Beren Hartless

The Revd Dr Beren Hartless was ordained priest in 1994. As the 25th anniversary of her ordination approaches, Beren describes to Jo Duckles her journey to faith and her call to ministry.

Beren’s father was a curate in Chipping Norton and her grandfather was a vicar in the Oxford Diocese. Beren’s first mystical experience of God was when she was aged just 10, but she said that dwindled away when she went to a boarding school that she describes as a dreadful experience. She did her A levels at her local Grammar school before moving from her native Herefordshire to study microbiology at Cardiff University.

The Revd Beren Hartless

There Beren found herself feeling terribly anxious. Her sister asked her what was wrong, as Big Ben chimed in New Year in 1974. Beren didn’t want to hear her sibling advise her that what she needed was Jesus Christ. “I was very cross with her. A lot of people had been saying the same thing. I’d been living a bit of a wild life. Mandy kept gently talking to me until I was forced to face my insecurities and the things that were wrong in my life.”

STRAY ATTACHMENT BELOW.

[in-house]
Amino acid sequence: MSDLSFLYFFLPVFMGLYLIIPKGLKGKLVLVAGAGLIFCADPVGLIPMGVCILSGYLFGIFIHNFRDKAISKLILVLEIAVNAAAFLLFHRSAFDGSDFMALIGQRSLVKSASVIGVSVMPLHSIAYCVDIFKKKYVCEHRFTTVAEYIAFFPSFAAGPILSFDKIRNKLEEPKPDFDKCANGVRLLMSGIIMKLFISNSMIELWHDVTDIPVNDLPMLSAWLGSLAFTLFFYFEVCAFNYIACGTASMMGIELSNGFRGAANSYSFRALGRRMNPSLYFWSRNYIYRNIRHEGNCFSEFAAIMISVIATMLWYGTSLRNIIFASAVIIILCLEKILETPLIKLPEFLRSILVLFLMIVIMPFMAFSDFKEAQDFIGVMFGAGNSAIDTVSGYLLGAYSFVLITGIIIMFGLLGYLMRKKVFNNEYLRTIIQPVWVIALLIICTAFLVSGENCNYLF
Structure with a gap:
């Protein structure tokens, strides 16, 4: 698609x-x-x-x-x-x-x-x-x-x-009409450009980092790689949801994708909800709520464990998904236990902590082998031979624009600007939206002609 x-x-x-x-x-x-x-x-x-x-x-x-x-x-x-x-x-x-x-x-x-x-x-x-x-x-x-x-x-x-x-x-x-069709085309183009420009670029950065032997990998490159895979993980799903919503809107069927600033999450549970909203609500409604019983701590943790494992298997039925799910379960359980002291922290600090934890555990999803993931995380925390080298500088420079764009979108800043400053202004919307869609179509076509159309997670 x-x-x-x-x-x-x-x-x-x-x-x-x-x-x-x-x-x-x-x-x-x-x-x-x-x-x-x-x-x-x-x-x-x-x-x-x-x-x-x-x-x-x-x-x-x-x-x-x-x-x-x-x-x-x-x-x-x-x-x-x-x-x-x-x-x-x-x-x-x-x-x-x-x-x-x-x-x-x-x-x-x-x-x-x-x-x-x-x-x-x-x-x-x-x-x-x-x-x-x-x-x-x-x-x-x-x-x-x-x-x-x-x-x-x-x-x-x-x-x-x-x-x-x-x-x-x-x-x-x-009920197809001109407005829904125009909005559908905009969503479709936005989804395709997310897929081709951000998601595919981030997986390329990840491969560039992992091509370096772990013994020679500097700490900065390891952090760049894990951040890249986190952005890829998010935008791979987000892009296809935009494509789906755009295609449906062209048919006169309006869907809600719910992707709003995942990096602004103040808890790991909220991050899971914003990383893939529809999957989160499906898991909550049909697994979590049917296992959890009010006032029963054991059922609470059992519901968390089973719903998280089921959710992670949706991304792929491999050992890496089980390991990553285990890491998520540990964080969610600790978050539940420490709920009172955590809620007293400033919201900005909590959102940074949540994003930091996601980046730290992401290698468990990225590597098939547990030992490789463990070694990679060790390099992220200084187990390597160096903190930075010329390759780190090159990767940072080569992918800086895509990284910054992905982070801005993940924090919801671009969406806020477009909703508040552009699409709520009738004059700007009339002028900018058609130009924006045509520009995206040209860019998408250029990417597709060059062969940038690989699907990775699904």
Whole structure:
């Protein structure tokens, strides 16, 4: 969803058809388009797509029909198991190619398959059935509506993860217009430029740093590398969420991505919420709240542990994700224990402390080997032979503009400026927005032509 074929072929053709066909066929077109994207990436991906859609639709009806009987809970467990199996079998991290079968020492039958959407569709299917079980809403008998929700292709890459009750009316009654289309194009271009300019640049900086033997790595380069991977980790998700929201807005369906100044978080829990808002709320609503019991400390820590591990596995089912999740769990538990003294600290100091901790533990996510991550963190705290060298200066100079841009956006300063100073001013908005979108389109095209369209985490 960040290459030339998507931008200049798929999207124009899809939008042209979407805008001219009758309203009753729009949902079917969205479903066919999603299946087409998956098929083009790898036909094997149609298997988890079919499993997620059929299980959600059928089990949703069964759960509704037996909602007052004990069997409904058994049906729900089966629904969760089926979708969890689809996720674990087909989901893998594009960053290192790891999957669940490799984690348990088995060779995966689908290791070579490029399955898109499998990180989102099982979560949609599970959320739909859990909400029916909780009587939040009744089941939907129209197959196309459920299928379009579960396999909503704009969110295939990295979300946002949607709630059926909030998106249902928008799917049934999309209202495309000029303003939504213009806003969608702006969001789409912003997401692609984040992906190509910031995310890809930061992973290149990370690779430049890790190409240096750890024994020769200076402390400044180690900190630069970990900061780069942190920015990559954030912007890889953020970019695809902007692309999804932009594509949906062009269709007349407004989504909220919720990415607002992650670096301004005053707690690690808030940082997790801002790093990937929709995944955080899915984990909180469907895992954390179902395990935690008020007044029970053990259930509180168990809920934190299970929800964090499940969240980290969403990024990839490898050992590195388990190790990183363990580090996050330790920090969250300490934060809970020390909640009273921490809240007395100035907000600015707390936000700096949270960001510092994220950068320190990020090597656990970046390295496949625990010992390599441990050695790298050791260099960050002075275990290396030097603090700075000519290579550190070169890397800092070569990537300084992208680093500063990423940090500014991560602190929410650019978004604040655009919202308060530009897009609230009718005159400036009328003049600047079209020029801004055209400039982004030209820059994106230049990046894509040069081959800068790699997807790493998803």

At 4am on January 1 1974, Beren asked Jesus into her life, beginning a journey that would see her face lots of ups and downs. In 1975 she married Julian, a civil engineer who had become a Christian just after university. The couple have two daughters, Katie and Claire.

“I found I had spiritual gifts I didn’t know existed…”

It was at a Christian conference that Beren first had an encounter with the Holy Spirit. “I came back to a meeting at our local church, and the vicar’s wife said ‘Beren, your face is glowing, what’s happened?’ “That changed my life. I found I had spiritual gifts I didn’t know existed before that.”